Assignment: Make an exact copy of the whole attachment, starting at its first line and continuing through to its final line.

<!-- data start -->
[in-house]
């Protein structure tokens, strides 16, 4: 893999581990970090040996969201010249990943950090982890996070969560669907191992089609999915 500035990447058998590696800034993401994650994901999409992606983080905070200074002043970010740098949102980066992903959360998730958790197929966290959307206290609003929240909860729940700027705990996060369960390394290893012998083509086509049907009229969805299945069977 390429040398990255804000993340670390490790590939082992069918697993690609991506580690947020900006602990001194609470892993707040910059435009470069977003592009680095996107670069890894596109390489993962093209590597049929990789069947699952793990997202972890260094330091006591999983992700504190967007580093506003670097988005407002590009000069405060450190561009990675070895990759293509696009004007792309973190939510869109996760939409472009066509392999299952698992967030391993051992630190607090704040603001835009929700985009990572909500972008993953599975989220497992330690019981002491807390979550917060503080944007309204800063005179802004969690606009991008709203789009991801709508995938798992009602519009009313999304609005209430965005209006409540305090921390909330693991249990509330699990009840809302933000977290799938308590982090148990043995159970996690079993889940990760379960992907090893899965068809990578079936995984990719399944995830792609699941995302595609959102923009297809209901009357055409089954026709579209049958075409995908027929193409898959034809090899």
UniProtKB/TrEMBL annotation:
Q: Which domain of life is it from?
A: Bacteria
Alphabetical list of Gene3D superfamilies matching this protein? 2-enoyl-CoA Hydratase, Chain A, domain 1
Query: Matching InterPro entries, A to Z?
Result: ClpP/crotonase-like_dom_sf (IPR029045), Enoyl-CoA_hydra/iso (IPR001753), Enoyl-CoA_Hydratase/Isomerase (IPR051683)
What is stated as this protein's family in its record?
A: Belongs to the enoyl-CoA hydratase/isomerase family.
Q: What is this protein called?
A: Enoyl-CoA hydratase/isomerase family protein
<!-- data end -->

[in-house]
């Protein structure tokens, strides 16, 4: 893999581990970090040996969201010249990943950090982890996070969560669907191992089609999915 500035990447058998590696800034993401994650994901999409992606983080905070200074002043970010740098949102980066992903959360998730958790197929966290959307206290609003929240909860729940700027705990996060369960390394290893012998083509086509049907009229969805299945069977 390429040398990255804000993340670390490790590939082992069918697993690609991506580690947020900006602990001194609470892993707040910059435009470069977003592009680095996107670069890894596109390489993962093209590597049929990789069947699952793990997202972890260094330091006591999983992700504190967007580093506003670097988005407002590009000069405060450190561009990675070895990759293509696009004007792309973190939510869109996760939409472009066509392999299952698992967030391993051992630190607090704040603001835009929700985009990572909500972008993953599975989220497992330690019981002491807390979550917060503080944007309204800063005179802004969690606009991008709203789009991801709508995938798992009602519009009313999304609005209430965005209006409540305090921390909330693991249990509330699990009840809302933000977290799938308590982090148990043995159970996690079993889940990760379960992907090893899965068809990578079936995984990719399944995830792609699941995302595609959102923009297809209901009357055409089954026709579209049958075409995908027929193409898959034809090899």
UniProtKB/TrEMBL annotation:
Q: Which domain of life is it from?
A: Bacteria
Alphabetical list of Gene3D superfamilies matching this protein? 2-enoyl-CoA Hydratase, Chain A, domain 1
Query: Matching InterPro entries, A to Z?
Result: ClpP/crotonase-like_dom_sf (IPR029045), Enoyl-CoA_hydra/iso (IPR001753), Enoyl-CoA_Hydratase/Isomerase (IPR051683)
What is stated as this protein's family in its record?
A: Belongs to the enoyl-CoA hydratase/isomerase family.
Q: What is this protein called?
A: Enoyl-CoA hydratase/isomerase family protein